Using student test scores to evaluate teachers unfair

Graphic shows two students taking a test and a score sheet is in the background.
Graphic shows two students taking a test and a score sheet is in the background.

There are two ways to persuade people to do dumb things: Fill them with fear or dangle money in front of them.

The Obama administration is engaged in the latter. In the face of significant scientific evidence to the contrary, the U.S. Department of Education is pushing the states to evaluate teachers on the basis of student test scores by offering one-time dollars for doing so.

It's a bad idea gone viral, but money works. The California legislature realized that such evaluations were not valid and passed a law that prohibited them. But when the Obama administration tempted them with cash, they quickly went into session and abolished the law.

The Kentucky Department of Education is apparently developing a teacher-evaluation system partly based on test scores of students, just to grab some one-time money from Washington. Please, don't take the bait.

To understand why, let's look at the facts. Suppose you are a sixth-grade teacher, and some of your kids are fantastic readers. They score at the top of the annual standardized reading test. Did you mold them into world-class readers? Of course not. Their parents might be most responsible, or maybe a second-grade teacher spurred them on. Who knows, but it is certain that they did not become so adept because of you.

Or what about your students who can't compute six times five? They never learned multiplication tables in the second grade and have been mystified by anything mathematical since. But now they are your students and bomb out on the annual test. Did you cause the failing grades? Of course not. They were math averse long before coming into your class.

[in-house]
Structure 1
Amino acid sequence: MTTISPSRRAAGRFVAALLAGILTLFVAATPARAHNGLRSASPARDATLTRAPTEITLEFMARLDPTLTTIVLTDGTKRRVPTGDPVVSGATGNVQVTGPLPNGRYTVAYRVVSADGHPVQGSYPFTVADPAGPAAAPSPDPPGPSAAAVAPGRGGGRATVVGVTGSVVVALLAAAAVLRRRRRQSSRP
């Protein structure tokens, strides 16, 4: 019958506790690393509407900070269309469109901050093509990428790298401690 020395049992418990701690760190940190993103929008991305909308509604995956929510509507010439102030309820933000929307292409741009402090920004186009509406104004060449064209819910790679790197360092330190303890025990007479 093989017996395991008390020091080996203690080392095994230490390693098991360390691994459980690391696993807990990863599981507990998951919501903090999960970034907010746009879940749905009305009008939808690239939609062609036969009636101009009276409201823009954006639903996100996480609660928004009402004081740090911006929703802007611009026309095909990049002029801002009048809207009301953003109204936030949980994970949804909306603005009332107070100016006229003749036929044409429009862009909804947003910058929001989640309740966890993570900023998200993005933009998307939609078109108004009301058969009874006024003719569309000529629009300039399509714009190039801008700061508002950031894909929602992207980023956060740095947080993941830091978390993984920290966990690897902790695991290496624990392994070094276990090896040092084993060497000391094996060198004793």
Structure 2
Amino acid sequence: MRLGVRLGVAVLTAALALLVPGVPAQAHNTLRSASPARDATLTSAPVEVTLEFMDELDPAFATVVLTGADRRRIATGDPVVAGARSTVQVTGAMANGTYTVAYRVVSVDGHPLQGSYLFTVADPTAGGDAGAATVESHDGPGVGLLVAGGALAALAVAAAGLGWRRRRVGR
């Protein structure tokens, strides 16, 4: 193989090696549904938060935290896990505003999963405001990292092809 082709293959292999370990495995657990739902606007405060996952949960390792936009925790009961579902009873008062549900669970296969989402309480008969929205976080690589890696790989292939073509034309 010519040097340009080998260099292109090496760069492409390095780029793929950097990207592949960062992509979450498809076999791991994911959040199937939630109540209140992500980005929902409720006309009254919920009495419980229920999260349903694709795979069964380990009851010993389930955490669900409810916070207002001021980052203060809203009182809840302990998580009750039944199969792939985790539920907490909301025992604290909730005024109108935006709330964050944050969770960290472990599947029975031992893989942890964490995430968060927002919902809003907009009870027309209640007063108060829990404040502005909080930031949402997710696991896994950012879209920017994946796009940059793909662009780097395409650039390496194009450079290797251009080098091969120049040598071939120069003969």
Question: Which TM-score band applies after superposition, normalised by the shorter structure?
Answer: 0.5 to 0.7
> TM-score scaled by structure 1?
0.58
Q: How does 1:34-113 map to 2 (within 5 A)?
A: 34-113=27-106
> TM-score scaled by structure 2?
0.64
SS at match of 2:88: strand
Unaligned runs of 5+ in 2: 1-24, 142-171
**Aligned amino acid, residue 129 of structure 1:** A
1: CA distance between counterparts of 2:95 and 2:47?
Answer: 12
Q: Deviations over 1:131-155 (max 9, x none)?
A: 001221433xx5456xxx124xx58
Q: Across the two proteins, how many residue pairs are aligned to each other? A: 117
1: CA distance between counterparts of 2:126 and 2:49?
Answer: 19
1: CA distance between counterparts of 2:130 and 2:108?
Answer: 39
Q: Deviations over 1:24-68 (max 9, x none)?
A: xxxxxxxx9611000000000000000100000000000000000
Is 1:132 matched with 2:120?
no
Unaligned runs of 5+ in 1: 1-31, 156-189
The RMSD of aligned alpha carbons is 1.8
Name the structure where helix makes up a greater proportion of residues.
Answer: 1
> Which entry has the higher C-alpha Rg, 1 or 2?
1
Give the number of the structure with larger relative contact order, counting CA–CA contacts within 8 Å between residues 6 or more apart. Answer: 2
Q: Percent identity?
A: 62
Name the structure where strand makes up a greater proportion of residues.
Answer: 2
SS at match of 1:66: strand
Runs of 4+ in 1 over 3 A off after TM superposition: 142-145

Then there is Billy, who refuses to study or do homework; Jose, who recently came to the United States and is just now learning English; and Jody, who has been brain-impaired from birth. Predictably, they all score poorly on the tests.

Using student test scores to evaluate you as a teacher would give you unfair credit for the stellar readers and unreasonably penalize you for the dismal scores of those slow in math, Billy, Jody and Jose. What could be more unfair?

There is another variation called "value-added" evaluation, which aims to estimate a teacher's effectiveness in raising students' standardized test scores. But this does not work, either. This score is an average of all the kids in your class. As a teacher, you have a different mix of students each year, some years better, some years not as capable. An Economic Policy Institute study of large school districts revealed that among teachers with the lowest 20 percent of value-added scores, only 36 percent remained among the lowest performers the following year. And among those in the top 20 percent, only 38 percent remained among the top performers the next year. If value-added was valid, great teachers would consistently be great and vice versa.

The elephant in the room is poverty. In every state and in virtually every school district, kids from poverty, on average, score well below middle-class children. This is because they generally begin school years behind and can never catch up. Most have seemingly insurmountable economic, social, environmental or health handicaps.

What this means is that if you teach in a middle-class neighborhood, your students will generally do well on the standardized tests. And if you teach in an inner-city or poverty-stricken area, your kids will almost surely not do as well, regardless of your teaching skills. The result is that good teachers will avoid teaching in poor areas. Worse, as was found in cities like Atlanta, teachers who feel that the system is unfair, are prone to fabricate student test scores to keep their jobs.

There is a better way to evaluate teachers.

A more sound system would include an annual peer-evaluation system in which senior teachers and principals sit in on junior teachers' classes and provide written guidance for improvement. Then give the marginal teachers assistance and a year to improve or find alternative employment.